I want to make one thing perfectly clear. I do not have Post Traumatic Stress Disorder. What I have is an accurate appreciation of the human condition. I did, however, gain this appreciation after (post) a period of intense traumatic stress, which, for some years led me to live a disordered life.
The reasons I do not have Post Traumatic Stress Disorder are that I devoted nine years after Vietnam to writing a book about my experiences, and that largely succeeded in getting them out of my head. Also I have done a lot of spiritual work in several disciplines, and been helped by some superb teachers and healers. Mostly I am a happy guy, more so than average I should say.
But awhile back a friend who derives a significant portion of his income from his PTSD disability convinced me that I could pick up a pretty good paycheck if I claimed one. I checked, and he was right.
All I would have to do is tell a shrink what I went through in Vietnam, and volunteer to flagellate myself in group therapy sessions, led by one of these dweebs, in the company of other whiners, and I could make a small fortune.
So I started going over what I would tell the shrink. In less than twenty minutes I went from feeling fine, better than fine, to being suicidal.
To be convincing here I will detail a few of the milder incidents. One was seeing a photo of the body of a friend after it had lain on the jungle floor for four days before they found his and his comrades’ bodies. In life he had been a handsome guy, but not swollen like that and oozing noxious gases.
Another time I stood beside a dying Viet Cong company commander, watching his life ooze and bubble out of his chest through a half dozen bullet holes, while I stood there and went through his wallet, looking at his family pictures, handing his money out to my Montagnard troops.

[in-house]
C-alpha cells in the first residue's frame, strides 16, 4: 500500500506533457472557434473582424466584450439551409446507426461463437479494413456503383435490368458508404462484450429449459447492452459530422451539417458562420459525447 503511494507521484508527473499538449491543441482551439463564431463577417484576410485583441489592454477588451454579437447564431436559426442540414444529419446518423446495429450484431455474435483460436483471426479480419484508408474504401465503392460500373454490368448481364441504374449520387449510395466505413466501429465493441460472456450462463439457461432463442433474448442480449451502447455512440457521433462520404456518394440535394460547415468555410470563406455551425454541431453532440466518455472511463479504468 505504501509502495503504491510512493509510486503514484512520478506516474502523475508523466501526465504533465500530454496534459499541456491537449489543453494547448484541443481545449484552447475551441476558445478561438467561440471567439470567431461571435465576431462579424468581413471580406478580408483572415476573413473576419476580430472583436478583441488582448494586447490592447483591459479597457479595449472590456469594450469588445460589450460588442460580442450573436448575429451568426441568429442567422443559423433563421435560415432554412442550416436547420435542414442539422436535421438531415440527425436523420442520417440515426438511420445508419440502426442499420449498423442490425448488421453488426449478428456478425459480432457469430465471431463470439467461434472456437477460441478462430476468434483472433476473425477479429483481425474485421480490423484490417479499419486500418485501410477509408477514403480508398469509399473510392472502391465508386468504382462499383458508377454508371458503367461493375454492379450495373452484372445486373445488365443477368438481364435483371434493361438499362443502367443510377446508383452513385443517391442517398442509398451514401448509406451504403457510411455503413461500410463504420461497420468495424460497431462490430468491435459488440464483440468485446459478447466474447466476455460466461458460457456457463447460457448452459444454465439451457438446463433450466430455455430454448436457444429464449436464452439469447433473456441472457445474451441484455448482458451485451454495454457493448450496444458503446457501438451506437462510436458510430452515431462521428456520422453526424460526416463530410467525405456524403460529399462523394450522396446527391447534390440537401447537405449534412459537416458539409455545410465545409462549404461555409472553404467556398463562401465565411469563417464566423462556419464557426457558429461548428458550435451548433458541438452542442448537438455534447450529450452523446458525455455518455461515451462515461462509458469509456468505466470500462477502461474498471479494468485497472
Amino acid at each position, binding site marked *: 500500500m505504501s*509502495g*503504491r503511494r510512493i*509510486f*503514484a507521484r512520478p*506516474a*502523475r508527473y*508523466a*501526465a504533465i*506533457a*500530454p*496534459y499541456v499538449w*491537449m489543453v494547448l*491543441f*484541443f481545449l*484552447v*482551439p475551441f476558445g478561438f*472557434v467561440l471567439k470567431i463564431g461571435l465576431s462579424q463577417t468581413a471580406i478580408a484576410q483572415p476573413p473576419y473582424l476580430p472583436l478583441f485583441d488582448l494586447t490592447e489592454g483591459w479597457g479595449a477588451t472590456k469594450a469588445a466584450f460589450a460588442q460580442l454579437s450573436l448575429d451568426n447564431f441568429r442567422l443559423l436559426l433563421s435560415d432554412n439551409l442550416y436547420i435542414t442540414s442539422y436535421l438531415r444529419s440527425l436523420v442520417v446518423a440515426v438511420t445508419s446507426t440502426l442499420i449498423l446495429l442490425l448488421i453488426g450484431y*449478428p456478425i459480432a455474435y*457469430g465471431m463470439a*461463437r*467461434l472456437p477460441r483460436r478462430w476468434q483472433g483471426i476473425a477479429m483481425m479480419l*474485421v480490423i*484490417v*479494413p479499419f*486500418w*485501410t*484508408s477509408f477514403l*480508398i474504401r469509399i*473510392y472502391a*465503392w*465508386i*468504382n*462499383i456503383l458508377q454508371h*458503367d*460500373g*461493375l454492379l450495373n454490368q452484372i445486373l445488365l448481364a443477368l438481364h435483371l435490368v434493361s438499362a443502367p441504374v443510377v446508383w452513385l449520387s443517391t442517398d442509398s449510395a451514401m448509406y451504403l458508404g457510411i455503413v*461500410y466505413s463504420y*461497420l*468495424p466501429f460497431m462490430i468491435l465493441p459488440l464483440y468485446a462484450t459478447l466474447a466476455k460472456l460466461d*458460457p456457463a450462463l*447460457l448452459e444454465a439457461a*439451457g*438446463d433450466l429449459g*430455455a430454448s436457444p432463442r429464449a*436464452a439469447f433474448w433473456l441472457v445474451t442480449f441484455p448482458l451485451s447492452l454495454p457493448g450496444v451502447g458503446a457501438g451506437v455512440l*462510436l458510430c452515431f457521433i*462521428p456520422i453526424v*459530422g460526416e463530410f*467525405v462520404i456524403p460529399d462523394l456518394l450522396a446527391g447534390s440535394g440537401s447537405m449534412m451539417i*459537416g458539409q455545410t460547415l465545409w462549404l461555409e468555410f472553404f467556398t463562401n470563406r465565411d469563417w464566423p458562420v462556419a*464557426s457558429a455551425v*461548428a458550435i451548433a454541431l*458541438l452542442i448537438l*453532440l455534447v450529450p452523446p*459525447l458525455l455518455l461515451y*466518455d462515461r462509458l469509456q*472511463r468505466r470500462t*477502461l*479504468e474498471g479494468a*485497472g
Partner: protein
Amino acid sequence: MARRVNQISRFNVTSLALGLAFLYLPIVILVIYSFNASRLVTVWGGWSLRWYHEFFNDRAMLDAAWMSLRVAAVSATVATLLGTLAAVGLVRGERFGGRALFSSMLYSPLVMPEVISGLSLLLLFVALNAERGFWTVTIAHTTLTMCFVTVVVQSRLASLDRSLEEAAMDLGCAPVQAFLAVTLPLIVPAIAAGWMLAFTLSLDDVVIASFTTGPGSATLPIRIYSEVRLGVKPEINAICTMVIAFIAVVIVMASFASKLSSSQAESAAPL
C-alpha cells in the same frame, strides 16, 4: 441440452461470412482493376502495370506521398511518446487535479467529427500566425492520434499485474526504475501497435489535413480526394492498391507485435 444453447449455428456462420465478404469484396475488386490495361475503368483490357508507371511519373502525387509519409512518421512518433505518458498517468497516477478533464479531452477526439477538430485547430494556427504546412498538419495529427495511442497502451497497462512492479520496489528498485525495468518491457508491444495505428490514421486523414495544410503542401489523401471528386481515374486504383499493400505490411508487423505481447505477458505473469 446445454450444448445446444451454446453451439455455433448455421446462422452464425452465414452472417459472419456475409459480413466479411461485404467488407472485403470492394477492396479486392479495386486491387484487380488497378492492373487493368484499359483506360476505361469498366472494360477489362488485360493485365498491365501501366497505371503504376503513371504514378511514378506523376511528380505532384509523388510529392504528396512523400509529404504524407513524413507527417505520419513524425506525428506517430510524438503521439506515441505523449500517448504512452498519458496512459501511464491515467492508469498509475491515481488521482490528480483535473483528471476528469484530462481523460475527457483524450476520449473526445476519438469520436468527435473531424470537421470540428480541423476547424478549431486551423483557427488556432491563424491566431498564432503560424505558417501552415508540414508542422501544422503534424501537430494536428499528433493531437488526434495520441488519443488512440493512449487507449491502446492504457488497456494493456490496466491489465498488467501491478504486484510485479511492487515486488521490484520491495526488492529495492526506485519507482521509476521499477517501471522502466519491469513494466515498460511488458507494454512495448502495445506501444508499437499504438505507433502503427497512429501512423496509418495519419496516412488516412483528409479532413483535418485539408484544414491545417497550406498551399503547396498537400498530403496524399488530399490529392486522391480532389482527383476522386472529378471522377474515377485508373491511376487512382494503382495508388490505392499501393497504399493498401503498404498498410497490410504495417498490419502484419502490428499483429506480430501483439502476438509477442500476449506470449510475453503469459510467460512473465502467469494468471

But the worst was standing by a helipad while a huey made four runs to bring back the bodies of the dependents of one of our Montagnard companies. It had been in a convoy that was ambushed as it was taking them to rejoin their husbands and fathers. Thirty-four bodies of women and kids, and I had had dinner in the home of one of those families the week before. That was not my best day.
And, oh yeah, I killed, or bear responsibility for leading the guys who did, thirty-one people, all of whom were trying to kill us at the time, and got shot four times in the process.
But all of that was a walk in the park compared to coming home. There is nothing quite so demoralizing as putting your lilly-white, brown, or black ass on the line for a bunch of people who, when you come home, hate you for it. It took me a while to deal with that. I finally decided that these folks just didn’t get it. They thought that if everybody was nice, then everybody else would be nice too, and everything would just be nice. That is to say that these were people who had never been anywhere or seen anything. But they are nice people, and I don’t want to hold a grudge.
I have also forgiven the Vietnamese for torturing one of my best friends to death in a re-education camp, and for burying the mother of another of my Montagnard friends alive, this one for having entertained President Lyndon B. Johnson in her home, a Montagnard longhouse. They did, however, let her select her best outfit for the execution.
After all, the Vietnamese have their story too, and it is rather more horrendous than mine.
But I will say that if the worst lies that were told about the American troops in Vietnam were true, which they weren’t, we would still have been the good guys by a wide margin.
Anyway, I’ve dealt with all that, and I won’t go there again, not even for a large sum of money from the VA. That’s why I say I don’t have PTSD. It wouldn’t be hard to find if I wanted to, but I do not plan to go there again.